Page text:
In April, members of the Somali community and the Edmonton Police Services played a friendly game of soccer.
It may have seemed like a regular match to the spectators, but for the people involved, it was much more.
The game was intended to create a casual event with the Somalis in order to break the barrier of fear between them and the police. The soccer pitch is a medium where minorities have an edge on the authorities — something they're not accustomed to in Somalia.
"In Somalia, if you see a guy in a uniform, you run. He is the guy that will arrest you, that will cause you to disappear and protects a corrupt government," Thomas Lukaszuk, the MLA for Edmonton Castledown, recently told CBCSports.ca.
"Now they arrive in Canada and we ask them to forget about all of that," Lukaszuk said. "It's unrealistic."
At the game, members from both parties put their differences aside and instantly became comfortable with each other.
"You could see the development of friendship, they were teasing each other about certain plays and having discussions," Lukaszuk said.
"For a while the Somali youth forgot these individuals were police officers, and felt welcome, appreciated and important."
The game resulted in an exchange of phone numbers, emails and business cards.
"I was honoured to be there and had a lot of conversations with people and made instant connections," Cons. Michelle Horchuk said.
But it was when several Somali youth approached Horchuk to inquire about joining the police force that she knew the event she'd organized was a success.
"Police are not that different from anyone else," said Horchuk. She said the growing communication and trust was evident soon after the match.
"I was actually invited to a Somali wedding last weekend," she said with a surprised laugh.
"I definitely attribute the invitation largely in part to the relationships that we built at the soccer game."
Cities like Edmonton and Calgary are home to more than 20,000 Somali immigrants. Gang fights and drugs in the region have resulted in several murders among the Somali community, which has troubled the Edmonton Police Services.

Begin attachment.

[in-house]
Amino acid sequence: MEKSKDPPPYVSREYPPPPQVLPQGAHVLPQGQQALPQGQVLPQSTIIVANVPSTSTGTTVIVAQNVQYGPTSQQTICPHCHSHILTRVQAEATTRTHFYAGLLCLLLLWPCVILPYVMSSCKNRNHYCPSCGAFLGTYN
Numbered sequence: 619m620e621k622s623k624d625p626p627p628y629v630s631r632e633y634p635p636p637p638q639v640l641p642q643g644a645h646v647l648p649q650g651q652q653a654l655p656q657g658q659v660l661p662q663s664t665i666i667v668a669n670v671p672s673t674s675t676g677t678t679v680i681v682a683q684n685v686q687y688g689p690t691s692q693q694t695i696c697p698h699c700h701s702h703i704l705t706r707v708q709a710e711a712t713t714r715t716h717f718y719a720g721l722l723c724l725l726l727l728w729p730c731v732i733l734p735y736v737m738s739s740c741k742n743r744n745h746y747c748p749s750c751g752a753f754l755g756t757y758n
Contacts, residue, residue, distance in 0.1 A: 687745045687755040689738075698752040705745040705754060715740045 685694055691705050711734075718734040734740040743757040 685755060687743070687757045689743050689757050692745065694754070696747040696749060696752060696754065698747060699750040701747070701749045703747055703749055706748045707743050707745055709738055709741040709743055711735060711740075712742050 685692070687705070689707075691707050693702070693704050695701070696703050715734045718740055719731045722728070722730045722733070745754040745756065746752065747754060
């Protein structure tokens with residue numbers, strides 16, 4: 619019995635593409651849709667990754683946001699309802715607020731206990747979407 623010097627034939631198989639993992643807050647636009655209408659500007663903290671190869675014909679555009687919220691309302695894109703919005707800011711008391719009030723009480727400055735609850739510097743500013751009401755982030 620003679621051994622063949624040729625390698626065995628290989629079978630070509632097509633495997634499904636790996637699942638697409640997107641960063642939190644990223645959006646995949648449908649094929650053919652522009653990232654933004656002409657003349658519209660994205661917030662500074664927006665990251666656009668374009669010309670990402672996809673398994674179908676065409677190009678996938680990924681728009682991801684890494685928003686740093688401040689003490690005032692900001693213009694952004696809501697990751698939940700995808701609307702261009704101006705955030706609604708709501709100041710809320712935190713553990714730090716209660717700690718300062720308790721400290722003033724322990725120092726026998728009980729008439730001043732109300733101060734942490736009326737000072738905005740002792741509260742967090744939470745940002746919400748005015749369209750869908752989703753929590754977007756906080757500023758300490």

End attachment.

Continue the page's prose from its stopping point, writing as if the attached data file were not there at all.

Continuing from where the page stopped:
Edmonton police have always had education and outreach programs, but the department noticed that the Somali minority wasn't getting the message.
"Traditional public relations is not suitable for minorities," Lukaszuk said.
"Having a police officer in uniform with a gun going to schools works for our western Canadian children because we raised them to believe the police officer is a good person," Lukaszuk explained. But that's not the case for immigrants "from countries where policing and government are not in place," he said.
Somalis, officers played on mixed teams
To encourage both parties to mingle, the six-team tournament featured mixed squads where officers and Somalis played together.
"I'm thrilled that they now consider us apart of the community," Horchuk said.
Telling citizens you want to help doesn't compare to showing them, Lukaszuk said. He's optimistic that the Somali youth will begin respecting the officers as friends instead of enemies.
"It's no longer them against us, they're actually trying to work with us, not against us," Lukaszuk said.
Horchuk was pleased that the event not only raised awareness, but also inspired some Somali teenagers to pursue a career in police enforcement.
"Anytime we can incorporate people into the department from different cultural backgrounds, that's a strength to us in helping others from those cultures," she said.
Lukaszuk agreed, adding that the department's diversity is its main strength.
"One of the ways to address crime in the community is to make sure that our police is representative of the entire community — which means that there should be some Somali police officers who understand the culture and language," he said.
Many Somalis travelled a great distance to witness the match, and Lukaszuk said the event will be repeated yearly.
He also said officials are organizing a cook-off event for Somali women, to introduce Canadians to Somalian cuisine.